Throughout the past four years I have undergone a twofold transition that I believe has prepared me for a fully engaged and wisely charted future ahead. My experience in Humanities 1 in Action awakened me to the world around me and guided me to my calling in executing a positive impact for this world through environmental sustainability. Service, Society, and the Sacred reminded me of the paramount importance of intimately knowing my inner self in order to purify these outward efforts. Though I have learned that I will never completely figure life out, I believe I now have the tools to lead a life of more profound wakefulness and to constantly seek out wisdom for the betterment of my pursuits. The wisdom of Humanities 1 in Action and SSS for ‘living deeply’ has transformed me for the better, and its lessons will continue to influence all aspects of my life indefinitely.
Selected Student Reflections on SSS
Here are several excerpts from students’ final essays in SSS this year.
Yash: Without SSS, it is likely that I would have paid no heed to the signals from my body and my heart—I would probably have derided any dissent to my mind’s decision as simply irrational. Perhaps only after many years [of] working would I finally [have] realized that I might not have made the best decision for myself, all things considered. SSS’ invaluable contribution to my eventual career path is that it has prodded me to step beyond the comfort of taking a cerebral approach and has challenged me to consider my future from a more holistic perspective.
Celine: Service, Society, and the Sacred is an experimental course and is unlike any class I have taken throughout my high school career. We learn and talk about things that are rarely discussed elsewhere – things that matter – and the class really gets me thinking about the issues in life that many people encounter. My greatest takeaway from the Service, Society, and the Sacred course is that I have learnt how to be honest with myself through activities we have done body, mind, and heart . . . and using that to drive me to becoming a healthier, happier person. Once I do that, I can be honest with others and go after my career goals and dreams.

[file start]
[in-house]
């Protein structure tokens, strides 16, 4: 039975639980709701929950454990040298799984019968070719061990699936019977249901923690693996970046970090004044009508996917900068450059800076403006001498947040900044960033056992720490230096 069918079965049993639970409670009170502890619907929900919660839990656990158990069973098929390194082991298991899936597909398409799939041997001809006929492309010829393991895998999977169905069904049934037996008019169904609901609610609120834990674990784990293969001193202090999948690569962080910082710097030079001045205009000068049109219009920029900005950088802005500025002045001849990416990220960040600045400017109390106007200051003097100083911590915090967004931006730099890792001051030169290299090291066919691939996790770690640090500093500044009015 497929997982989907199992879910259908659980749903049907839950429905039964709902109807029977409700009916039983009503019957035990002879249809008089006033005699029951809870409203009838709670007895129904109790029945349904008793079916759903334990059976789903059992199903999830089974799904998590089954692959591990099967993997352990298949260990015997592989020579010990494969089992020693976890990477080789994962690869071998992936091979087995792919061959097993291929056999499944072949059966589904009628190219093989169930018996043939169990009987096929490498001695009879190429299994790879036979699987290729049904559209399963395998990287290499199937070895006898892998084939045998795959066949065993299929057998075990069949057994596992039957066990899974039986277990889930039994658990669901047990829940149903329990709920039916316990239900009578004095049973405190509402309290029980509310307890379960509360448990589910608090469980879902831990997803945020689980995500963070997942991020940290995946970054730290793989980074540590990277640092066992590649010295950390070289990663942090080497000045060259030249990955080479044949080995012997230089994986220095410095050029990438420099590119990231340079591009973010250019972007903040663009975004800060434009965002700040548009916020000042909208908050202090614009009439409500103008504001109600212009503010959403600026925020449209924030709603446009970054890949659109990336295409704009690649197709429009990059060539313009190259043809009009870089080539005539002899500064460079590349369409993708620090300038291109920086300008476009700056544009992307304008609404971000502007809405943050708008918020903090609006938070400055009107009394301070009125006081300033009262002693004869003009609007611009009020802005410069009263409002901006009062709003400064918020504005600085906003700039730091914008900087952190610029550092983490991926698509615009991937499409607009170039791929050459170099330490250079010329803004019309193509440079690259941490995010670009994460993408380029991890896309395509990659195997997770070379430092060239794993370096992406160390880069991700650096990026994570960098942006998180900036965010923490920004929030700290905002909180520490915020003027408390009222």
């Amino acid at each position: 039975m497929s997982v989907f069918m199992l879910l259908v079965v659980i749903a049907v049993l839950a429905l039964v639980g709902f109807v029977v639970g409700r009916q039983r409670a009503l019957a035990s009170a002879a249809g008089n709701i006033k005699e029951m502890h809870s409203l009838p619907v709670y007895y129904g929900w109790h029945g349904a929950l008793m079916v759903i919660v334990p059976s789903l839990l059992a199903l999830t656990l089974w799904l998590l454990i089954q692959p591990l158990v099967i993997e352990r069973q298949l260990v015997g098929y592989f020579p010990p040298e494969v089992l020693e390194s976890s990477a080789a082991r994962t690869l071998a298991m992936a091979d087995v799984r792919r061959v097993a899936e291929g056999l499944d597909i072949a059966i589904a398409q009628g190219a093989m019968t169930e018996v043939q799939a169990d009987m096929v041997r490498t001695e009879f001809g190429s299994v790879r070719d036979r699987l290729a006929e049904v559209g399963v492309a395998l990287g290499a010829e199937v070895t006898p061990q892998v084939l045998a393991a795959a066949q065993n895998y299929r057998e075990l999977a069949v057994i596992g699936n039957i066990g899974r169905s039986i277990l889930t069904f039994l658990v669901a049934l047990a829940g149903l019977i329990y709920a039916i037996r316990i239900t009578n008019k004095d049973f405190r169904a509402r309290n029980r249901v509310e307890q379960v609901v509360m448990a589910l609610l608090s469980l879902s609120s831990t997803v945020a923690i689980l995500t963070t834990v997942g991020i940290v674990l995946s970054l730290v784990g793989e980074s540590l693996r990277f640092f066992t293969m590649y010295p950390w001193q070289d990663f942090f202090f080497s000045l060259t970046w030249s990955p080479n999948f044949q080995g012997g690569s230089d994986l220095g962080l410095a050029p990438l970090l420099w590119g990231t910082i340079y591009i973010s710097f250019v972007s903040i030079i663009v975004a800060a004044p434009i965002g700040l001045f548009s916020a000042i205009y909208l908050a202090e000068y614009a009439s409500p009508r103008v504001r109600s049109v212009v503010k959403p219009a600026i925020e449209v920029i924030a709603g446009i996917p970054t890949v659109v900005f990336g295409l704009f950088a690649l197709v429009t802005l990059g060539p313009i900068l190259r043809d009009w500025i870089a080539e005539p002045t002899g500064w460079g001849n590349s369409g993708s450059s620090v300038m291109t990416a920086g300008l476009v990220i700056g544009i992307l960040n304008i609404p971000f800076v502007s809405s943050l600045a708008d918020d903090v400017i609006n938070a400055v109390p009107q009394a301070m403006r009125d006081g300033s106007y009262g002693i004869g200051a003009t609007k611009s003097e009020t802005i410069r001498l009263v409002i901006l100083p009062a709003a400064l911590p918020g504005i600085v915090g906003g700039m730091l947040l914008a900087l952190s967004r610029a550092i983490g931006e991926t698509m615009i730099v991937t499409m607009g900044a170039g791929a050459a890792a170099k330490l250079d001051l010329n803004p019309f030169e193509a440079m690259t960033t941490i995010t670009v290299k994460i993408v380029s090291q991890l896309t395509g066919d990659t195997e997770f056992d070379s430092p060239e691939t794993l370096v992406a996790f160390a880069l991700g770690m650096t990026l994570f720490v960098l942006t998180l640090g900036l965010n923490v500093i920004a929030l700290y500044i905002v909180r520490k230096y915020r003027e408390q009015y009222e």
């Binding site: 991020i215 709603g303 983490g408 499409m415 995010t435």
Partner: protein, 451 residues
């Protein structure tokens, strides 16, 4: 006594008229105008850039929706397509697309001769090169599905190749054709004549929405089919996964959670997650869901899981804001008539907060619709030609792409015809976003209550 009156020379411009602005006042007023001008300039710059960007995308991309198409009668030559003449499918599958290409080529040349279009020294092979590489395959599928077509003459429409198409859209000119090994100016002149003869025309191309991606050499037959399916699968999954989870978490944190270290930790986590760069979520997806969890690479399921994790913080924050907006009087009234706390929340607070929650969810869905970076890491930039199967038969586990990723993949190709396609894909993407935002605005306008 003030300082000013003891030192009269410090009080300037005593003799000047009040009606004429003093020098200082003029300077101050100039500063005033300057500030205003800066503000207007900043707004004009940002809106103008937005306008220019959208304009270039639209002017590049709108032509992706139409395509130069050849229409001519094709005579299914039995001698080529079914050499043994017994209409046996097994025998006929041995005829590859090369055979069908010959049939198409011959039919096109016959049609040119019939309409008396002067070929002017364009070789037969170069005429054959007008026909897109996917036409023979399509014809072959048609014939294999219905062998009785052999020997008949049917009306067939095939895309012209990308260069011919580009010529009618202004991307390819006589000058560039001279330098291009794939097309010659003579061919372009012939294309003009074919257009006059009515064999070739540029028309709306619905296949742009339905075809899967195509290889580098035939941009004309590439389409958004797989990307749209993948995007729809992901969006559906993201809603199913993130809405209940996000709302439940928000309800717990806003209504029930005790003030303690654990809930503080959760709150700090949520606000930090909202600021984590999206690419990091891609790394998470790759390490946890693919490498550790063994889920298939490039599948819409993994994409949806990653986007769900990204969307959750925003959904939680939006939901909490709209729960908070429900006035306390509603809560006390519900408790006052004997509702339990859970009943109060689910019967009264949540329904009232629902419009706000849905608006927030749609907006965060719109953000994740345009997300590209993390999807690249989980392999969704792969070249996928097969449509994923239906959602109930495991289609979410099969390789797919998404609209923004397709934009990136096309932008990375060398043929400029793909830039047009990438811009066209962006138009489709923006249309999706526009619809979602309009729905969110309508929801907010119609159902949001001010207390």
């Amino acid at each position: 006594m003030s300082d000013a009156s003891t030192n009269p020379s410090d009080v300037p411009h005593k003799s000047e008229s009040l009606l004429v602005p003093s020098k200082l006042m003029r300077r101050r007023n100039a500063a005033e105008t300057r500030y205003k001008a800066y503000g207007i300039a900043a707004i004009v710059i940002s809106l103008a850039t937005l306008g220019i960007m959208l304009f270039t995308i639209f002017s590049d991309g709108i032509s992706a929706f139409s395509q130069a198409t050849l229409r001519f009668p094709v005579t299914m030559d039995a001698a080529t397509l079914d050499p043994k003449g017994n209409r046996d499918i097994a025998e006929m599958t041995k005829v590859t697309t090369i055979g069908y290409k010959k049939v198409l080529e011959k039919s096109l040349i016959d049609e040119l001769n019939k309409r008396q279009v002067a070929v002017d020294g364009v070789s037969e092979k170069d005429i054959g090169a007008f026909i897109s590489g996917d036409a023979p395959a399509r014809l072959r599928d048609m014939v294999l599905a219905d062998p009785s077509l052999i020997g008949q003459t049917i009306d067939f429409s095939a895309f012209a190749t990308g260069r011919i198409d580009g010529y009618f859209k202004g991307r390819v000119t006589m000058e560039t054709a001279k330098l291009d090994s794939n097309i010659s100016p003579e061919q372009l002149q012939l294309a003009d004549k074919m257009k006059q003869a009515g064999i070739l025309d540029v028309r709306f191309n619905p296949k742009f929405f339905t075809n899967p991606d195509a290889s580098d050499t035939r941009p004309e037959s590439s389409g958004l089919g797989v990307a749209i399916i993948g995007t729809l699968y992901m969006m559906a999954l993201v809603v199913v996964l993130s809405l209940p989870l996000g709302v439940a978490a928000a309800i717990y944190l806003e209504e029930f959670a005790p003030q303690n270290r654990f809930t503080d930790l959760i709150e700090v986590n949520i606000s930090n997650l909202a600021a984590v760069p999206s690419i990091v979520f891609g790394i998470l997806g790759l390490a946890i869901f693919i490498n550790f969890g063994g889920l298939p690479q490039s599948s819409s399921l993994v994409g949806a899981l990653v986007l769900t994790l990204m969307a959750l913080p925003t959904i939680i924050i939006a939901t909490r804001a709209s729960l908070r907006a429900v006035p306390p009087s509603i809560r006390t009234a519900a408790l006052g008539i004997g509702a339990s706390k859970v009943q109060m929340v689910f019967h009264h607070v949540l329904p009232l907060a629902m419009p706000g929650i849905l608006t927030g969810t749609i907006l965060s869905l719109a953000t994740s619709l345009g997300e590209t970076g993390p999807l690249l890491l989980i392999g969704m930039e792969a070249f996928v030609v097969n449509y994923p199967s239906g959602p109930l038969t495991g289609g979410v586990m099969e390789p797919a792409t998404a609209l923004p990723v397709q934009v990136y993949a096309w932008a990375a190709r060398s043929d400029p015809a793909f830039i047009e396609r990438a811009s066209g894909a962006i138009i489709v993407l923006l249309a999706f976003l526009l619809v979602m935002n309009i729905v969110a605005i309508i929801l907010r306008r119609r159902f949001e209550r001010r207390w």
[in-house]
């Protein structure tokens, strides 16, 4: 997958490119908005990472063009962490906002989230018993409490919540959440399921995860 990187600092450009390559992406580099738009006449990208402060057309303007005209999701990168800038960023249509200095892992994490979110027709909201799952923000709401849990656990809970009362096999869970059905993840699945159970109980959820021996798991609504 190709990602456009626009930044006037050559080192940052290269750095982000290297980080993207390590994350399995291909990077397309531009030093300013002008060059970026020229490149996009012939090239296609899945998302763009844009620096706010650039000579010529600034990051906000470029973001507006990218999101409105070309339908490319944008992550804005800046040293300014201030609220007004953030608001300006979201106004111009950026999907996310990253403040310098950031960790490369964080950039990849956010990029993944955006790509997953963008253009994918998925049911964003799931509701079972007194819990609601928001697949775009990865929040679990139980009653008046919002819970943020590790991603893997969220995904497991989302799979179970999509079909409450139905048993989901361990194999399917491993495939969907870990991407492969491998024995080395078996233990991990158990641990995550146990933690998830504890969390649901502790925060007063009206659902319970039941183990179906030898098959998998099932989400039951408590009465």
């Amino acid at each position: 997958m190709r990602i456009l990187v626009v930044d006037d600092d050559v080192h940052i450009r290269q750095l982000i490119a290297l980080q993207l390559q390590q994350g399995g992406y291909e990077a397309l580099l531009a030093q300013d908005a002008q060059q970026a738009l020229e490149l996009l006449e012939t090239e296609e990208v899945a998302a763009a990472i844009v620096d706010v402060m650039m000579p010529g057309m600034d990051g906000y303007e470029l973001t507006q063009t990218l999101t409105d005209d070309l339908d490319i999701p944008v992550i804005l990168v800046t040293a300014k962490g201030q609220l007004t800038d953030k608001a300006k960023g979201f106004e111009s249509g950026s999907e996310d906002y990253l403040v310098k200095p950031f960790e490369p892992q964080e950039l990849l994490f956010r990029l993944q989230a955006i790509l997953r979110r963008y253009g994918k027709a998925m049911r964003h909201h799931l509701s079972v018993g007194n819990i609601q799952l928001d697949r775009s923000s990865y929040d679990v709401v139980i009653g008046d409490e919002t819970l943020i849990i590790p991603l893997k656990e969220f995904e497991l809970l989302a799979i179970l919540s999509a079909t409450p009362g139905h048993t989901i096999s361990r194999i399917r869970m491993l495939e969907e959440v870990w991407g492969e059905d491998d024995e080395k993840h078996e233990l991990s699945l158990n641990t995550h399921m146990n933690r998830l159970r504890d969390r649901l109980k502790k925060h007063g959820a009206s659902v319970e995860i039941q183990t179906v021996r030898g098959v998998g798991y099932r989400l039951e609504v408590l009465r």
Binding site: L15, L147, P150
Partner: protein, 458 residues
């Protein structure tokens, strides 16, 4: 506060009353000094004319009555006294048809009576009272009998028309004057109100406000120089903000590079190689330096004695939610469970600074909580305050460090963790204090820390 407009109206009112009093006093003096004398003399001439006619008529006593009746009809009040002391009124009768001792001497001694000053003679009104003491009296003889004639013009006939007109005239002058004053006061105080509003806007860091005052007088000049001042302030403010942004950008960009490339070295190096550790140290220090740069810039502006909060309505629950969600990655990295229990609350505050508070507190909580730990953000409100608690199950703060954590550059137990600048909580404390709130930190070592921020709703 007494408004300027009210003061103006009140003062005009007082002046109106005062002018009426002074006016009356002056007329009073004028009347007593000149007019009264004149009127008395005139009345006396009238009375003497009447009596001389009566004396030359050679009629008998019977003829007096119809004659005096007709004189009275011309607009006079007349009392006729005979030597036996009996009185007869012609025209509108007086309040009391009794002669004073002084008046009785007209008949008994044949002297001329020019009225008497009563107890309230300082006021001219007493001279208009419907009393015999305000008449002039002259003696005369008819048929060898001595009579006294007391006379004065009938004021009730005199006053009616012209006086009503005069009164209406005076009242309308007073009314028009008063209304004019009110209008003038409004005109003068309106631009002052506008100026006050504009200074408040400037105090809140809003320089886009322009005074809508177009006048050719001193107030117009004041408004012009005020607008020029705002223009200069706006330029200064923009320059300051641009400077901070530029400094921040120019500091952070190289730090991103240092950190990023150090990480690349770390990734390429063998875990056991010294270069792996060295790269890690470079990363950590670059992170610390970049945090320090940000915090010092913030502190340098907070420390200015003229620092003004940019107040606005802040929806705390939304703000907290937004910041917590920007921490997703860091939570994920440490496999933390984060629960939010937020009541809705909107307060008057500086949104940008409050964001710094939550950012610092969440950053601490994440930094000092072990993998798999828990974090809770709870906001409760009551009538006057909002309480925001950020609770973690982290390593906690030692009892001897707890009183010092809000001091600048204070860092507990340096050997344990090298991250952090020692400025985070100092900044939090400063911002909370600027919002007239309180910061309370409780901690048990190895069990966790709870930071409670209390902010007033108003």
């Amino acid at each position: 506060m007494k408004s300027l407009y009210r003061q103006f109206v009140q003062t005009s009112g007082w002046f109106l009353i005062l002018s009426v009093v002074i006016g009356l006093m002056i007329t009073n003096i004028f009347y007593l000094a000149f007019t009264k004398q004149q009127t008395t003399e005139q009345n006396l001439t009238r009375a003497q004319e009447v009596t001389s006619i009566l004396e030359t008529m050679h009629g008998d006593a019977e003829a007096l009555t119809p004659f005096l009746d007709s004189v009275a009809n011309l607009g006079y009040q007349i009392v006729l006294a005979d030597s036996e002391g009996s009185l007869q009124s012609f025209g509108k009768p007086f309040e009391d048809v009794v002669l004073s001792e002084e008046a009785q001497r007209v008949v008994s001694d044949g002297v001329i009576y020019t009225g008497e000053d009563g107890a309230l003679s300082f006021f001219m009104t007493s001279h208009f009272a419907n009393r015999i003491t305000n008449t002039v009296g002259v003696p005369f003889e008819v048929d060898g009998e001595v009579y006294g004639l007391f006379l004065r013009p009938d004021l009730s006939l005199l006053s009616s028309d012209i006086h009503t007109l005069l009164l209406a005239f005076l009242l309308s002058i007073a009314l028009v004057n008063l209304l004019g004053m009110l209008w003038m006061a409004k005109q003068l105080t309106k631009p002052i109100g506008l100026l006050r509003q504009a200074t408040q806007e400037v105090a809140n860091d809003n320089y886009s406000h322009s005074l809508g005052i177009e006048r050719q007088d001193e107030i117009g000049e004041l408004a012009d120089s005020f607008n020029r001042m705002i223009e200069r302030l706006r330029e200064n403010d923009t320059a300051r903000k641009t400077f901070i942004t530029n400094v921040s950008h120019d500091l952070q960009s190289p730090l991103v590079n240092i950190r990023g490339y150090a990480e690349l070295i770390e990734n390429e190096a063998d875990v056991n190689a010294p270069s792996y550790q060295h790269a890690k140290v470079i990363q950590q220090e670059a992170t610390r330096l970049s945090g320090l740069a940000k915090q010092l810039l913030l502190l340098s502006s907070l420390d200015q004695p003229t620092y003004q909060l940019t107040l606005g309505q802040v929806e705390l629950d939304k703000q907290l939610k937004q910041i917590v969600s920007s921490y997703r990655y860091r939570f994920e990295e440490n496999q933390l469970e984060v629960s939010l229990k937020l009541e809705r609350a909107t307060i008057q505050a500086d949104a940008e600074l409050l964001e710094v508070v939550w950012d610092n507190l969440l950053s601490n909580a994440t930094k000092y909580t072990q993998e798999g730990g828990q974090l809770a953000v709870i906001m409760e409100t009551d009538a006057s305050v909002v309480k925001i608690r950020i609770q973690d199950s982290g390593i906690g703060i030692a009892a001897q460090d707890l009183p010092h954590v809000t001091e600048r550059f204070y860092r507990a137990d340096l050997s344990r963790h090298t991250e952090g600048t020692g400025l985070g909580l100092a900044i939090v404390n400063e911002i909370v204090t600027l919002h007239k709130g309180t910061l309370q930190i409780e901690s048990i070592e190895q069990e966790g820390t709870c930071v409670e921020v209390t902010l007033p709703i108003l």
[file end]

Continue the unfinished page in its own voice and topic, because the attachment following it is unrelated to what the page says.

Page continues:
Meghan: One of the first projects of the class, the heroic journey, I expressed my passion to become a nurse. That was the first time I had fully opened up to people in a long time. It was also the beginning of an experiment I now have been orchestrating throughout this course. In my previous paper I mentioned how I have created an outer shell for myself to hide under, and I have come to the consensus that this shell has made me unhappy. The shell holds me back from acknowledging the happiness and love around me . . . and all the beauty in the world that goes unnoticed.
Cameron: Before this class I knew that I wanted to do something art related for a living, and after this class, especially our unit on the body, I’ve kind of come to realize that that’s one of the few things I could do for the rest of my life. Before I wanted to do art because I enjoyed it, it was something I would like to do for a living, but after this course, and especially the unit on the body, I’ve come to understand more so why that is. When I do work for other things, I’ve noticed my body really doesn’t want to do them. Like I can do it, but there’s resistance. I don’t think I could be a lawyer or doctor if I wanted to because it would get to the point where I’d be pushing against my body too much . . . . Recognizing this has made me kind of like art like I did when I first started drawing.
As I have now taught the first group of students who have now experienced both Humanities I in Action and the newly-envisioned SSS, I have been waiting to see if student learning seems in line with my expectations that we can educate for a powerful integrated social conscience-inner awakening matrix. At the very least, I can say that no student has raised questions about the usefulness of the body-mind-heart approach. More substantively, Amar’s essay and the other excerpts suggest that the SSS curriculum is assisting students to become more deeply self-aware, and that this knowledge has cultivated not only personal growth, but, at least for some students, a better sense of what they would like to do with their lives in the future. Perhaps it was best said by junior Zach Fried, who also took Humanities I in Action as a freshmen. In trying to describe SSS to his mother at a parent conference, he explained simply, “It’s like Humanities I in Action for the inside.” This, I believe, is the education that students desire: one that assists them in exploring, purifying, and bringing to fruition their essential selves.